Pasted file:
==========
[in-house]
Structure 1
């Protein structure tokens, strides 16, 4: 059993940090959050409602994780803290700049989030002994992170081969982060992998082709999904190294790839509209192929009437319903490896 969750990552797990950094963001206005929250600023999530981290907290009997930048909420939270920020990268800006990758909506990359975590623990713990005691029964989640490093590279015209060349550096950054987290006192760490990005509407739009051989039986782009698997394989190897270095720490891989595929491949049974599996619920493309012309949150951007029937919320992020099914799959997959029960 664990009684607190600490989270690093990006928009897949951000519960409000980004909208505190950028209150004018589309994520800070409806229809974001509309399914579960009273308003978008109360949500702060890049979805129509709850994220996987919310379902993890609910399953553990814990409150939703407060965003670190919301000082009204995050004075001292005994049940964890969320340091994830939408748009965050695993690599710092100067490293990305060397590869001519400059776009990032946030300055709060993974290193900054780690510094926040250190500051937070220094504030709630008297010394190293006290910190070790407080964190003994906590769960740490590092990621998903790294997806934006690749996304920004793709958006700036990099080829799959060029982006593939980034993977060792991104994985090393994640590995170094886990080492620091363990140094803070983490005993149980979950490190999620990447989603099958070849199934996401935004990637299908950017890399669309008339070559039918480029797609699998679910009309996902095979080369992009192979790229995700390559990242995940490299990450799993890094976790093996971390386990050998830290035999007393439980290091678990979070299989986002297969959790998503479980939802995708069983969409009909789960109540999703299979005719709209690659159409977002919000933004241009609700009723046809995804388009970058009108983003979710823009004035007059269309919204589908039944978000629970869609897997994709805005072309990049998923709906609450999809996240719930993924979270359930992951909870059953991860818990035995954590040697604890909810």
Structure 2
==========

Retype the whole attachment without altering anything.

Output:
[in-house]
Structure 1
């Protein structure tokens, strides 16, 4: 059993940090959050409602994780803290700049989030002994992170081969982060992998082709999904190294790839509209192929009437319903490896 969750990552797990950094963001206005929250600023999530981290907290009997930048909420939270920020990268800006990758909506990359975590623990713990005691029964989640490093590279015209060349550096950054987290006192760490990005509407739009051989039986782009698997394989190897270095720490891989595929491949049974599996619920493309012309949150951007029937919320992020099914799959997959029960 664990009684607190600490989270690093990006928009897949951000519960409000980004909208505190950028209150004018589309994520800070409806229809974001509309399914579960009273308003978008109360949500702060890049979805129509709850994220996987919310379902993890609910399953553990814990409150939703407060965003670190919301000082009204995050004075001292005994049940964890969320340091994830939408748009965050695993690599710092100067490293990305060397590869001519400059776009990032946030300055709060993974290193900054780690510094926040250190500051937070220094504030709630008297010394190293006290910190070790407080964190003994906590769960740490590092990621998903790294997806934006690749996304920004793709958006700036990099080829799959060029982006593939980034993977060792991104994985090393994640590995170094886990080492620091363990140094803070983490005993149980979950490190999620990447989603099958070849199934996401935004990637299908950017890399669309008339070559039918480029797609699998679910009309996902095979080369992009192979790229995700390559990242995940490299990450799993890094976790093996971390386990050998830290035999007393439980290091678990979070299989986002297969959790998503479980939802995708069983969409009909789960109540999703299979005719709209690659159409977002919000933004241009609700009723046809995804388009970058009108983003979710823009004035007059269309919204589908039944978000629970869609897997994709805005072309990049998923709906609450999809996240719930993924979270359930992951909870059953991860818990035995954590040697604890909810």
Structure 2